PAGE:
In the interest of  exploring what not to do when trying to appeal to customers in the inbox (and for a little light-hearted entertainment), I’ve collected some prime examples of spam from my inbox –  which are, by definition, awful examples of email marketing. I’ve titled them with the email subject line:

  1. Tired of cleaning up cat pee?

This is my favourite. Am I tired of cleaning up cat pee? No. Do I even have a cat? No. This is a classic spam email; there is no template, the message is not relevant, I have not given consent to receive the email.

  1. Compression Panties Shape & Hide Excess Fat?

Huh?

  1. Home based woodworking business

Apparently, I can make 90,000 USD per annum by buying Jim’s “Wood Profit” guide. Only 8 slots left for that free bonus so I better click right away! Quintessentially spam. It’s also not great if there are on-going spelling errors in the content, such as in this email.

  1. Why eye surgery is unnecessary for eye floaters

I mean, why would I listen to a qualified professional such as my doctor? Of course I’m going to take the advice of an erroneous and unsolicited message that reminds me of conspiracy nutters on social media.

  1. No Guns, No Knives. What do you carry?

Apparently, a lot of people carry pepper spray to defend themselves (do they?). This email invites me to check out the “Stinger Tactical Pen” – supposedly I risk everything by not carrying it. Hmmm. Delete. Delete. Delete.

  1. How to get the blood flowing to your boner

According to a verified source (I’m undoubtedly convinced of its authenticity), a controversial pill saved this poor man’s marriage. His wife noticed he was “longer and thicker immediately” – excellent! The husband – evidently elated and overjoyed – carried on for hours that night. The next morning, he was “ready, willing and able” to go for round two and three. That’s super impressive I’d say – sign me up! Not.

  1. The closest thing to flying a REAL plane!

If you have ever dreamed of being a pilot, VirtualPilot3D will fulfil that dream. I actually have a fear of flying and have an irrational dislike for virtual games. I predict that 99.9% of recipients would rather be travelling somewhere exotic in first class than receiving this email they didn’t ask for.

  1. The definitive guide to removing nail fungus

Pass.

  1. Download 518 boat plans inside

I’m a twenty-something millennial living and working in London. Funnily enough, access to over 518 step-by-step boat plans videos and boat building guides, does not interest me. I can barely put IKEA furniture together.

  1. Mediate Like A Zen Monk…In Just 7 Minutes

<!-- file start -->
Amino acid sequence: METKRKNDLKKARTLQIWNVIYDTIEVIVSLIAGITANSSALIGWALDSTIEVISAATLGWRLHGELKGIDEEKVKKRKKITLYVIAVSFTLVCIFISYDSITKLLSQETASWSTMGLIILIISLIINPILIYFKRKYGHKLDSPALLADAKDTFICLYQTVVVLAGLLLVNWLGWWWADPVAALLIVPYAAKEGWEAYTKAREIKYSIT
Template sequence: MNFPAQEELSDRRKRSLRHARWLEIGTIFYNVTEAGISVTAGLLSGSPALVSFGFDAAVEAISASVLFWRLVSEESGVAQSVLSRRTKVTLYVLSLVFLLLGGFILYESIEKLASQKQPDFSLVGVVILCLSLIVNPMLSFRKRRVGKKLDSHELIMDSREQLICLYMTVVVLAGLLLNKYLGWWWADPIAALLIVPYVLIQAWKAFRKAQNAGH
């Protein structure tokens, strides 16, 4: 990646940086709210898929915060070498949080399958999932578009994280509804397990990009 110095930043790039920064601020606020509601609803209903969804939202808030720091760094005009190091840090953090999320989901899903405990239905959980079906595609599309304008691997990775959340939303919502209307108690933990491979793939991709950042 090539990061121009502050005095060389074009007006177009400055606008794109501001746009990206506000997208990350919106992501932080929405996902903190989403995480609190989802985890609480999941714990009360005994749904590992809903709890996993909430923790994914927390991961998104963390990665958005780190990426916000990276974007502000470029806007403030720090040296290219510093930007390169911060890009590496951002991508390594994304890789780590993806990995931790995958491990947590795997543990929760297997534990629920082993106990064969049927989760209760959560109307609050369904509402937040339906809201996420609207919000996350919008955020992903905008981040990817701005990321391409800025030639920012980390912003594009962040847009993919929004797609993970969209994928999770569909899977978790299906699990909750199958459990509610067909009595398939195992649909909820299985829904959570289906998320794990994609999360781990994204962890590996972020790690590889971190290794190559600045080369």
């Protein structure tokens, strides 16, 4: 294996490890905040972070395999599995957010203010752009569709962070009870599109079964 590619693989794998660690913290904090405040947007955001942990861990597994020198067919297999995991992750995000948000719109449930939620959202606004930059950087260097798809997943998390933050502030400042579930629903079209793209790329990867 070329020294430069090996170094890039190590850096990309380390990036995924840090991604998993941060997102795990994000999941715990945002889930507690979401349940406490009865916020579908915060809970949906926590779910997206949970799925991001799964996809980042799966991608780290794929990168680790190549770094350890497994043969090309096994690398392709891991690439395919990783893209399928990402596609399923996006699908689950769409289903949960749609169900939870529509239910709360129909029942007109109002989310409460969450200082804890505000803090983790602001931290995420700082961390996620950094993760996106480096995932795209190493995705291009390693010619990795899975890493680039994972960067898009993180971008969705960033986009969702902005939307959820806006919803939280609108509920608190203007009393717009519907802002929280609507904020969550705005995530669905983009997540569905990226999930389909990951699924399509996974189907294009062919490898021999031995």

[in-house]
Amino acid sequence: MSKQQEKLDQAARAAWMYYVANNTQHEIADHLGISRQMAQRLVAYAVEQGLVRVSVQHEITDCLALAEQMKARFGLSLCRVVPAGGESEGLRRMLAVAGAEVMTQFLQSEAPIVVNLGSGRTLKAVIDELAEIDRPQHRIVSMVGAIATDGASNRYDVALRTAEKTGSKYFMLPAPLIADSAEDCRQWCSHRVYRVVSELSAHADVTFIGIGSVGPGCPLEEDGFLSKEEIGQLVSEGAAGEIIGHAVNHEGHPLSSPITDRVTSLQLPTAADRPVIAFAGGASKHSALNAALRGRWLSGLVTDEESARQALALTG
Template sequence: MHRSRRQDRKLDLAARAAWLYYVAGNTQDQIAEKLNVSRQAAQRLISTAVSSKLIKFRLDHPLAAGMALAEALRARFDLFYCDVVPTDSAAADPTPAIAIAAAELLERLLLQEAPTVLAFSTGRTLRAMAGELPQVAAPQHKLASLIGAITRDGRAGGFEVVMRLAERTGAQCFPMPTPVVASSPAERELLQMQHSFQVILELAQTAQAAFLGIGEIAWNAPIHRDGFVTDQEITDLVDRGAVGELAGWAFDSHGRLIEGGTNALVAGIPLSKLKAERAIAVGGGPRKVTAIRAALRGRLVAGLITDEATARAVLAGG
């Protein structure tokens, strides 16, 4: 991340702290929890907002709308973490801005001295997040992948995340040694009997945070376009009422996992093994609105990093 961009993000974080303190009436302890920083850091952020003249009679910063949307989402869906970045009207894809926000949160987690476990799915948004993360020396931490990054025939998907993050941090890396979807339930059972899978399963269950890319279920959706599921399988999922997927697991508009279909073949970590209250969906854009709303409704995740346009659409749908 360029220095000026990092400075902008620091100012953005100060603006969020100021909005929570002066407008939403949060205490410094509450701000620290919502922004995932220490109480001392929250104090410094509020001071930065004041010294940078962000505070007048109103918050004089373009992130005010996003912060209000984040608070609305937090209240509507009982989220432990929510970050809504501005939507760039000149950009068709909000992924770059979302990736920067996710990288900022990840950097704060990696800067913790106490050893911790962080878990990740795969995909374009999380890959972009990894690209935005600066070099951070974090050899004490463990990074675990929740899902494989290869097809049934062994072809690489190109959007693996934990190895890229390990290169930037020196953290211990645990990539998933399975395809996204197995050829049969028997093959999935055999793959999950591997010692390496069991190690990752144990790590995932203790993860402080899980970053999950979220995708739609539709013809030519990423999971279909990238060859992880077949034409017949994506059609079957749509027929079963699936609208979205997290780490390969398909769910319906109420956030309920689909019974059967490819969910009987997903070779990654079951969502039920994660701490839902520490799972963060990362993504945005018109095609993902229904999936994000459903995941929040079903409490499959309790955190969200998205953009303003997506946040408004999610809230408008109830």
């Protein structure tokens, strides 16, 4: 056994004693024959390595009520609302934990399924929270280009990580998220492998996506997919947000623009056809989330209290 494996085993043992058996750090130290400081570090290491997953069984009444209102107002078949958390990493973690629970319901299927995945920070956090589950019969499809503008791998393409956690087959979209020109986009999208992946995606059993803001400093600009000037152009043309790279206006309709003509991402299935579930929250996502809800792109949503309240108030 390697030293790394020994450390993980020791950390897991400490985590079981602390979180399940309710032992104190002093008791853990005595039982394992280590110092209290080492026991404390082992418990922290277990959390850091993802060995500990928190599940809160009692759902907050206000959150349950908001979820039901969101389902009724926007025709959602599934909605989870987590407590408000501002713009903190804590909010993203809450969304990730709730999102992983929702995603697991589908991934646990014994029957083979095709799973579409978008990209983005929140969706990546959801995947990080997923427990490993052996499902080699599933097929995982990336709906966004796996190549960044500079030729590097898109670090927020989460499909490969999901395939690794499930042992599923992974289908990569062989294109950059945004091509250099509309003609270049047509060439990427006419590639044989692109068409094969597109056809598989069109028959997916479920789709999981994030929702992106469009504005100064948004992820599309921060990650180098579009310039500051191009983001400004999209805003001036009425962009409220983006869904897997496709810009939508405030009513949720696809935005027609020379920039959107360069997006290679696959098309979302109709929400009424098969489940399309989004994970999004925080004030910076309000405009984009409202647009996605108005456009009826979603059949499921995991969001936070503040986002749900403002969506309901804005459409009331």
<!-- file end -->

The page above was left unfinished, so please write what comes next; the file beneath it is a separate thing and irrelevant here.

I’ve done Yoga a couple of times and I absolutely love it. It’s a great way to unwind from the hectic bustle that is working life. Now, correct me if I’m wrong, but attempting to meditate [like a monk?] in 7 minutes not only sounds hypocritical, but stressful. I also highly doubt it will defeat any life problems I – or anyone else – may be facing. [Uproar amongst all the legitimate yoga teachers and/or monks].

I hope you’ve all laughed as much reading this blog as I have writing it. If you want to avoid the mistakes of these spammers and achieve 10/10 for your creative, content and data use, check out our 2017 Hitting the Mark benchmark report. 100 brands, +100 emails, and more insight than you can shake a stick at.

 

 

The post “Missing the Mark” – 10 ‘exemplary’ SPAM emails appeared first on The Email Marketing Blog.

Reblogged 2 years ago from blog.dotmailer.com

Australian retailers double the number of emails sent on Click Frenzy day

In fact, we saw the same amount of emails sent on Click Frenzy day as we did during 2015’s Cyber Monday!

If you’re new to Click Frenzy, it’s a 24-hour online shopping mega-sale that captures national attention in Australia. The electricals and tech-themed shopping day is the equivalent of Cyber Monday and takes place on the third Tuesday of November every year.

The original event is hosted on the members-only Click Frenzy site, however many Australian vendors are now jumping on the trend and holding sales on their own sites.

Some of the deals featured in year’s frenzy included Beats By Dre Studio Wireless headphones for $299, down from $479. And BONDS, the Australian clothing and underwear store, offered 40% off everything on its site.

Naturally, this time of the year is extremely busy for retailers and us here at dotmailer. Our sending volumes go through the roof, as you can imagine, so we’ve taken every step to ensure our customers’ emails make it to their own customers’ inboxes.

To put it into perspective, we’ve increased our bandwidth by a whopping 500% and doubled the number of mail servers we have, to cater for these kinds of sending peaks.